clock menu more-arrow no yes mobile

Filed under:

Carpenter Carpenter Carpenter

We spoke about the offense yesterday, before I was so rudely interrupted by day baseball, and I'm going to be on the road tomorrow, so today seems like a good day for a paean to Mr. Chris Carpenter, who, were there any justice in the baseball world, would be 3-0 with a 0.00 ERA this morning. Here are four observations—I typed operations, first, which would please Freud—on the Cardinals' new old ace: 

1. I didn't feel weird while he was throwing the no-hitter because ever since he fell apart I always think of Carpenter like he's midway through a no-no, sitting by himself on one side of the dugout bench. It's an important part of Cardinals fan etiquette: don't talk about how well he's doing.

Don't talk about how he's throwing bullets, or looking healthy, or, should it become relevant, about how he's not given up any hits, because if you do any of those things someone in a position of baseball power might think that the Cardinals are taking Chris Carpenter's health for granted, and then whammo—he suffers a debilitating scalp injury, or is replaced, in spacetime, with Mike Parisi. A no-hitter is the only time this comes up for most pitchers, but for Chris Carpenter yesterday was just Monday. 

2. In March I was having a hushed, no-hittery conversation with somebody about Chris Carpenter, and he made an interesting point: "Of course," he said, "the Cardinals can't expect him to be Chris Carpenter even if he's healthy. I mean..." and here he rattled off the litany—his age, his injury history, his spotty career with the Blue Jays, et cetera. 

I probably nodded seriously and moved on, both because I don't like to talk about Chris Carpenter and because he had made a perfectly reasonable, perfectly commonsense point that I had never once considered. I've been blogging about baseball for about a hundred blog-years, and in my younger and more vulnerable years I sentenced no shortage of guys in their mid-thirties to premature death sentences. But Chris Carpenter?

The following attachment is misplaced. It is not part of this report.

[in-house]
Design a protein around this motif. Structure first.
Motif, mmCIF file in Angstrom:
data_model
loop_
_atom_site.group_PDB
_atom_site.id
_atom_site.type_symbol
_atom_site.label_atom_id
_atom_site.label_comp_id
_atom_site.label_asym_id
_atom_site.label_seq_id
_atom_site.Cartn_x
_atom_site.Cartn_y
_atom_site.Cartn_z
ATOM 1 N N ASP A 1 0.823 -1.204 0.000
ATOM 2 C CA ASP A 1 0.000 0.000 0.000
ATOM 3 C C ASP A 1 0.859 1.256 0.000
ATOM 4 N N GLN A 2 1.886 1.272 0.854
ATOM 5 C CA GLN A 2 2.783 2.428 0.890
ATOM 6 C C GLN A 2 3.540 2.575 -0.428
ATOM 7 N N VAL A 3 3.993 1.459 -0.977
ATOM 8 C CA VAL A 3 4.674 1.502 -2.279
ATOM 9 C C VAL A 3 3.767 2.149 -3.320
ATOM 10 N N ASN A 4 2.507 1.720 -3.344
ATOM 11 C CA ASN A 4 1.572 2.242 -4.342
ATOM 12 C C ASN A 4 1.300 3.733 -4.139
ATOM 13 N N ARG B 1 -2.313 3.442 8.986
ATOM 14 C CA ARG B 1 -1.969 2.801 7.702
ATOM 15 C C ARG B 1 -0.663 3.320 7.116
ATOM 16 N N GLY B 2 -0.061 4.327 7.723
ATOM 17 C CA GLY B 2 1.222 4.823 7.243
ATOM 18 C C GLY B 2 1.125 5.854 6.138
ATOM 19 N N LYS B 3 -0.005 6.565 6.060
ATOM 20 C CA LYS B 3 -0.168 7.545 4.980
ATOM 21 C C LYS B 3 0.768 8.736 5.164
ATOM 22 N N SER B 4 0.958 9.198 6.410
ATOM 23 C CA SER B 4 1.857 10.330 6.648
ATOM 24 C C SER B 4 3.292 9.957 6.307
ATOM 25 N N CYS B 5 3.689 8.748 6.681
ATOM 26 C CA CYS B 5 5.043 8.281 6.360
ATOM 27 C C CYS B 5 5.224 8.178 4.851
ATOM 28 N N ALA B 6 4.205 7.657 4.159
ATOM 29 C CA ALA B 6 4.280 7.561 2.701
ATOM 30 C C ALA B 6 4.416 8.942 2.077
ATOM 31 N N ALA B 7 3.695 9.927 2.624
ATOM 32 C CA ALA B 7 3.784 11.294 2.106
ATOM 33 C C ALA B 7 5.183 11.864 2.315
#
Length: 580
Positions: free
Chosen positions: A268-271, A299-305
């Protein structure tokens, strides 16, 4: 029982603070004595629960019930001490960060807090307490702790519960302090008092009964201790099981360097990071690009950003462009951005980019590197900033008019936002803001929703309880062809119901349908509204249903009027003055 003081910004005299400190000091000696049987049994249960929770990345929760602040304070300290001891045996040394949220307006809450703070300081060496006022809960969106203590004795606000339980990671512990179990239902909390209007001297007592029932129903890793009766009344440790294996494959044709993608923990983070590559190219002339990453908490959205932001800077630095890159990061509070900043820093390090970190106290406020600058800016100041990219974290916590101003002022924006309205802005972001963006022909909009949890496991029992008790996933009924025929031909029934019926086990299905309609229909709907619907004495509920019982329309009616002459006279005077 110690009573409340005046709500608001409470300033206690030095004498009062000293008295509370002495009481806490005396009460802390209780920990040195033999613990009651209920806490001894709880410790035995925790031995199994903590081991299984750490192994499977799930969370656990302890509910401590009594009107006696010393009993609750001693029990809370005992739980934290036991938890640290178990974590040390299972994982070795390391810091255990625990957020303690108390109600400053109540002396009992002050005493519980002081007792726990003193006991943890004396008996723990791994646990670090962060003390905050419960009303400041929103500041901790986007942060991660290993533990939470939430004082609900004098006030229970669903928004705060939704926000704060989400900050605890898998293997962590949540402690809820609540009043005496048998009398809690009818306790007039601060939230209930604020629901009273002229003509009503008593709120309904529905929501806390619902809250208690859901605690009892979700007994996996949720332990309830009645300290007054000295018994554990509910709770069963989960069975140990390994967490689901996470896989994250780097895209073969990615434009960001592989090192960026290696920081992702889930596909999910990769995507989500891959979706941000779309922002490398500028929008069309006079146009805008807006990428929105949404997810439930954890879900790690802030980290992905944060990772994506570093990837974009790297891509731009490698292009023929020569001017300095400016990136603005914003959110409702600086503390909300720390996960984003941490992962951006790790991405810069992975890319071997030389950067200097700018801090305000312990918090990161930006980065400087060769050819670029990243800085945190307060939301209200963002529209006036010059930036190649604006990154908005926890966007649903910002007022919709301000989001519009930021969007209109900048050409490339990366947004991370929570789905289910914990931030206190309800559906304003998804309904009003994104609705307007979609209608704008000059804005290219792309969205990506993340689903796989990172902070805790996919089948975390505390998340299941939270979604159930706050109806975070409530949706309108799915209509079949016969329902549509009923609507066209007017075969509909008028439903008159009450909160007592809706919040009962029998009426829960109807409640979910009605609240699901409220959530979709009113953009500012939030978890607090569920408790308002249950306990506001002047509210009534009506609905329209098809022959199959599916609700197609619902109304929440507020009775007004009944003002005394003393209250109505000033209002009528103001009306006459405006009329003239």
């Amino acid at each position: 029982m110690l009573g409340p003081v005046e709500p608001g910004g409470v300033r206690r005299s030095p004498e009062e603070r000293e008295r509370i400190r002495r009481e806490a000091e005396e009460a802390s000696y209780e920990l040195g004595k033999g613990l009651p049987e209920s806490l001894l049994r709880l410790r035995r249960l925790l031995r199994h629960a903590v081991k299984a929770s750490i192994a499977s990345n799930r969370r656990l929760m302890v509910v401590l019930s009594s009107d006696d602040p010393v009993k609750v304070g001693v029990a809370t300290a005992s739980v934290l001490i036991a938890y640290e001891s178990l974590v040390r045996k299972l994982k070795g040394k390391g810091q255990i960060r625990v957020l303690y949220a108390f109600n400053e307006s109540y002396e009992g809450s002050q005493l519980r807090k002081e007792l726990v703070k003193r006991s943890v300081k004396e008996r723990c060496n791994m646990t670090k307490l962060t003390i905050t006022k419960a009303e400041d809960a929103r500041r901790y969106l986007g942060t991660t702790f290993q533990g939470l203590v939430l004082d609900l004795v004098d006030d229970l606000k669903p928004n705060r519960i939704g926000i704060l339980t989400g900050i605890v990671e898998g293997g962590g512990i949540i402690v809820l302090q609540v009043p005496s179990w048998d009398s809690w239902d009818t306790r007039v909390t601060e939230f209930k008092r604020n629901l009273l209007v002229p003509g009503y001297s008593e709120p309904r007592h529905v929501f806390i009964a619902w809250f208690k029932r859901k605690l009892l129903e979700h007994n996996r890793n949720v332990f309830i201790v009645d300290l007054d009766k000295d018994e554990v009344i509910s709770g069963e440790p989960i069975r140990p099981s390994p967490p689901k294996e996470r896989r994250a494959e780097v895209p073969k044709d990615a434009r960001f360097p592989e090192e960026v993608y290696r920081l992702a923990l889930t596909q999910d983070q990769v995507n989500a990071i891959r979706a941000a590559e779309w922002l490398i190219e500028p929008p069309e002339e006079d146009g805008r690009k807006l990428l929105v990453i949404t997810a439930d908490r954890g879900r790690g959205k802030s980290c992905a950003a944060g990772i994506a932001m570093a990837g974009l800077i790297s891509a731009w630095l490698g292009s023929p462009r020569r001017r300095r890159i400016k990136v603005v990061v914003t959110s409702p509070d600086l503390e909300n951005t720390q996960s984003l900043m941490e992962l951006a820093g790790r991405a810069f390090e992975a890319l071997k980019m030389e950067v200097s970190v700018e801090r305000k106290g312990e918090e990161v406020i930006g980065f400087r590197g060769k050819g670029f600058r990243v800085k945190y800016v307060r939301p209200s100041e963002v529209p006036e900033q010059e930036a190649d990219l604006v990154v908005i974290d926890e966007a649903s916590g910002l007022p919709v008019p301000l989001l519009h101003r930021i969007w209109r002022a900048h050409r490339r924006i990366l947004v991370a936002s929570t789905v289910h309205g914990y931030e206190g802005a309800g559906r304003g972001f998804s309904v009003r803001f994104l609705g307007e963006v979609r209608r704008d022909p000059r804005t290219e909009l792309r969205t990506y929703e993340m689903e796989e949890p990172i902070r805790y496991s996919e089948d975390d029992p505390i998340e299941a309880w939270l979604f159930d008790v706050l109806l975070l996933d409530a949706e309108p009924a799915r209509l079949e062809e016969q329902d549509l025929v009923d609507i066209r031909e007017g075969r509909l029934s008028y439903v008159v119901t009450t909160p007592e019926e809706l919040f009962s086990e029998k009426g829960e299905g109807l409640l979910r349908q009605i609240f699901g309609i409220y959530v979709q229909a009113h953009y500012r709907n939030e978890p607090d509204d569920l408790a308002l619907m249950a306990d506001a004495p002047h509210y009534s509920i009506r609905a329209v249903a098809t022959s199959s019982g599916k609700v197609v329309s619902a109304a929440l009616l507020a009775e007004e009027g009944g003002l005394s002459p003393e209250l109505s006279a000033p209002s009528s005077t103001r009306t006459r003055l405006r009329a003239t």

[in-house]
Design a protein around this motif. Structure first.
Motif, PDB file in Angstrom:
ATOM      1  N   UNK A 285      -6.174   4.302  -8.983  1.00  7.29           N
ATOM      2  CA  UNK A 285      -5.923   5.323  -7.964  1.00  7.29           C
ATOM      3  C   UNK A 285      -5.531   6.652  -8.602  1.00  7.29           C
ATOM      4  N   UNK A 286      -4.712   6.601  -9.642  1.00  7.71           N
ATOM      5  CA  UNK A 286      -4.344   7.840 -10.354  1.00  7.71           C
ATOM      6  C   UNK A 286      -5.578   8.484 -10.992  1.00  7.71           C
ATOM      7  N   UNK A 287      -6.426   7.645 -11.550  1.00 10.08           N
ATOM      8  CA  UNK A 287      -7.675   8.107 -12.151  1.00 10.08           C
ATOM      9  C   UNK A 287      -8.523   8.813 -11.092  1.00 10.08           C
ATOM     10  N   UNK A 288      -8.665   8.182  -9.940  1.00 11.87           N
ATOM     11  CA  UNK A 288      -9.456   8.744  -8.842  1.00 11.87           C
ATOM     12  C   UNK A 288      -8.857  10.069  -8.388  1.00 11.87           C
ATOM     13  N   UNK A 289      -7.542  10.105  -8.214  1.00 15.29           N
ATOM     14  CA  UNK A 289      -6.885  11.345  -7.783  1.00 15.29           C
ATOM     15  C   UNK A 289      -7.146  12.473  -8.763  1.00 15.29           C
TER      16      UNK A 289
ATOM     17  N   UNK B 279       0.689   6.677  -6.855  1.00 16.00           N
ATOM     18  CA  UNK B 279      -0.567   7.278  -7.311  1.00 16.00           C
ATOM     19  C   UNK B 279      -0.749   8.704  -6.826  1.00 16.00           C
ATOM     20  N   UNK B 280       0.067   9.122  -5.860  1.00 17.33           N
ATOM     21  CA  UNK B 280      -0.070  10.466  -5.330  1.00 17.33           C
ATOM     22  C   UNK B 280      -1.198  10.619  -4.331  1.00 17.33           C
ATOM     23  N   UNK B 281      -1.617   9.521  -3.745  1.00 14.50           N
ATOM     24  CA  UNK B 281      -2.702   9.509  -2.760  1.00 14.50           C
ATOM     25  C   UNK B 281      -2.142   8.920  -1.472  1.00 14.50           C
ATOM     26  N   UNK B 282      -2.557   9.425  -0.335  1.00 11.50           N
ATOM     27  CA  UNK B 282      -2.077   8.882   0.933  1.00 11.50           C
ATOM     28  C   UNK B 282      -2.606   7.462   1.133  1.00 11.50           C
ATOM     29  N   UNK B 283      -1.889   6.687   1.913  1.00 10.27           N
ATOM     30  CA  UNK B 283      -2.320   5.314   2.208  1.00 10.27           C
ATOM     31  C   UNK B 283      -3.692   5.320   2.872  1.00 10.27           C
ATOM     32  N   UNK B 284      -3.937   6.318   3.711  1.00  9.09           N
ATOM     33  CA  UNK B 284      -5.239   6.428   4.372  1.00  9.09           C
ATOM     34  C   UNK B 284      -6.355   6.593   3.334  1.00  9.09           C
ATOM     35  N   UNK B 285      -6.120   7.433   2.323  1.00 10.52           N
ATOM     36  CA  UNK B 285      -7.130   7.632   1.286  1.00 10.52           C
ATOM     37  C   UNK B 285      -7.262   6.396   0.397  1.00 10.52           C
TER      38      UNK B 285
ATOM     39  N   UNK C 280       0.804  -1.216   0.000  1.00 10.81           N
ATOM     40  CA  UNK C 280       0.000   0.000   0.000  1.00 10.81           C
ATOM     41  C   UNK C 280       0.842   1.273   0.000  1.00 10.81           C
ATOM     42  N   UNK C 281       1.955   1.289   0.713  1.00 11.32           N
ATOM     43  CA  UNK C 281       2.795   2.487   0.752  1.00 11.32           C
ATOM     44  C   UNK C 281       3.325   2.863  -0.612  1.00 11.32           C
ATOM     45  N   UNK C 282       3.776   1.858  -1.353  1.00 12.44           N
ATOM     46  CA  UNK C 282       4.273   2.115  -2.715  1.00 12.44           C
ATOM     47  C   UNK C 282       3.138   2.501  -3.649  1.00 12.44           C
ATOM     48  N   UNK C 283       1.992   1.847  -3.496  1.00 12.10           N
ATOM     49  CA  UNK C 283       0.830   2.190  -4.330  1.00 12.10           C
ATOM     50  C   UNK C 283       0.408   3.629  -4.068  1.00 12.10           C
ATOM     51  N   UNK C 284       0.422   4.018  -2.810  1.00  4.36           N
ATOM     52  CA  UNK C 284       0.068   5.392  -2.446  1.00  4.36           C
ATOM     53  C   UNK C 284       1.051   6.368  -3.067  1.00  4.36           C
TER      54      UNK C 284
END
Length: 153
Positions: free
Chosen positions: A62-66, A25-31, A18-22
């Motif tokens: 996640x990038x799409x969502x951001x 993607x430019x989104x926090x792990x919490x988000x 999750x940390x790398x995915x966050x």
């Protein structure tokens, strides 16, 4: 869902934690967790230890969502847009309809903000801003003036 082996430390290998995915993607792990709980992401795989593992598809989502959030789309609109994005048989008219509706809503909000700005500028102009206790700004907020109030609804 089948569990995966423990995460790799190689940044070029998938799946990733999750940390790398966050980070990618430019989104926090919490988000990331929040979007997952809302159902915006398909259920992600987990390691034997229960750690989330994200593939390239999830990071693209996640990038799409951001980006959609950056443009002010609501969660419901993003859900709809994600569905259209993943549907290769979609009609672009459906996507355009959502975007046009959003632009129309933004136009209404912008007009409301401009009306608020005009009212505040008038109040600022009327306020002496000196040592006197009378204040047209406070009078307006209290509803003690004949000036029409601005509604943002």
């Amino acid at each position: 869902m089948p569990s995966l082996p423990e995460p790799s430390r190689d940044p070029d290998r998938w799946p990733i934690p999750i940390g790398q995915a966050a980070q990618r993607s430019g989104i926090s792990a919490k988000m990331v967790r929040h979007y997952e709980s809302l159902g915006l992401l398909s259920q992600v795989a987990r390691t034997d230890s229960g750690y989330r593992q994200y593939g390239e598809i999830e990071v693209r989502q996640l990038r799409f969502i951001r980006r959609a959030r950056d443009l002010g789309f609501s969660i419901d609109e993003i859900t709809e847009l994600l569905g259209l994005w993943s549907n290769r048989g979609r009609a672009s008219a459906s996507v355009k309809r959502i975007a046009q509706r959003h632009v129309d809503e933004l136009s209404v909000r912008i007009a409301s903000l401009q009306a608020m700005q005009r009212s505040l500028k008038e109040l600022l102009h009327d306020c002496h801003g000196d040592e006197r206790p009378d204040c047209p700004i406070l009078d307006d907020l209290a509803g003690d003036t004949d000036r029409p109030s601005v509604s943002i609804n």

It has to do with the way he pitches, I'd imagine. His stuff is superb, of course, but when a pitcher's gaudiest stat is his K:BB ratio and his best pitch is a running fastball that swipe-tags the outsider corner stuff isn't the word you use to describe it. He's just ahead of the hitters, like Maddux was; he can put any pitch on any spot in the strike zone, and on any given pitch he knows the spot he wants. (I'd be remiss if I didn't mention this much-recced fanpost, in which vivaelpujols examines PITCHf/x data to try to quantify Carp's extra something.)

Don't get me wrong—this ages like any other kind of pitching. Eventually his fastball won't slide so perfectly over the edge of the plate, and his curveball will hang more often than it does, just like a guy who throws triple digits will eventually lose a step. But I'd never thought about it that way. 

3. According to Baseball Reference—this phrase is analogous to "a blogger mentioned this interesting stat", at this point, but I'll keep citing my source—Chris Carpenter gets 31% of his strikeouts looking, against a league average of 26%, which sounds about right to me.

So it's the bottom of the seventh. You're Casey McGehee, 26, in the first regular playing time of your brief big league career. Your primary concern, to this point, has been getting people to pronounce your name correctly. You're out to bunt over the first baserunner the Brewers have all day, and it doesn't work, and then he gets picked off. So I ask you: what on earth are you supposed to do with pitch #6?


That's an 86 mph slider on a full count. Check your swing, walk back to the dugout. 


2005 21 5 2.83 33 241.2 204 82 76 51 213
2006 15 8 3.09 32 221.2 194 81 76 43 184
2007 0 1 7.50 1 6.0 9 5 5 1 3
2008 0 1 1.76 4 15.1 16 5 3 4 7
2009 2 0 0.00 4 23.0 10 1 0 4 23

Alright, baseball powers that be? I'm not taking it for granted. I know how absurd it is that he's 100% Chris Carpenter after appearing in five games in two years. Consider this my anti-jinx offering. I'm not saying that he's throwing a no-hitter, just that—just that people might want to look up at the scoreboard, because something cool is happening.